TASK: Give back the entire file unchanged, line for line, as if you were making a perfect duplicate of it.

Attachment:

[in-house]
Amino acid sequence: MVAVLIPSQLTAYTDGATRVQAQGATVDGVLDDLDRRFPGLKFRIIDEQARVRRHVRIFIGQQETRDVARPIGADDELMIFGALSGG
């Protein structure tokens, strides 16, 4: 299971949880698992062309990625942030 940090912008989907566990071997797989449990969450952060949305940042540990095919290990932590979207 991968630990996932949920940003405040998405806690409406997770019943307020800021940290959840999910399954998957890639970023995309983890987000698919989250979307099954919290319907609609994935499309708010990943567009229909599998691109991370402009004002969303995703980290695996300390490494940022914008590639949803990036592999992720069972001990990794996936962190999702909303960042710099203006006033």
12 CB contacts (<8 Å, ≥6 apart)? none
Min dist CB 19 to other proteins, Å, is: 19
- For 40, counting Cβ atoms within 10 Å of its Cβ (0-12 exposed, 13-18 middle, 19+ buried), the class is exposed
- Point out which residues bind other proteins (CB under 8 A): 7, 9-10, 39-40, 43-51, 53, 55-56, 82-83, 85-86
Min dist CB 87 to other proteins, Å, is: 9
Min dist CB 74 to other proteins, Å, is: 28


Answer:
[in-house]
Amino acid sequence: MVAVLIPSQLTAYTDGATRVQAQGATVDGVLDDLDRRFPGLKFRIIDEQARVRRHVRIFIGQQETRDVARPIGADDELMIFGALSGG
């Protein structure tokens, strides 16, 4: 299971949880698992062309990625942030 940090912008989907566990071997797989449990969450952060949305940042540990095919290990932590979207 991968630990996932949920940003405040998405806690409406997770019943307020800021940290959840999910399954998957890639970023995309983890987000698919989250979307099954919290319907609609994935499309708010990943567009229909599998691109991370402009004002969303995703980290695996300390490494940022914008590639949803990036592999992720069972001990990794996936962190999702909303960042710099203006006033």
12 CB contacts (<8 Å, ≥6 apart)? none
Min dist CB 19 to other proteins, Å, is: 19
- For 40, counting Cβ atoms within 10 Å of its Cβ (0-12 exposed, 13-18 middle, 19+ buried), the class is exposed
- Point out which residues bind other proteins (CB under 8 A): 7, 9-10, 39-40, 43-51, 53, 55-56, 82-83, 85-86
Min dist CB 87 to other proteins, Å, is: 9
Min dist CB 74 to other proteins, Å, is: 28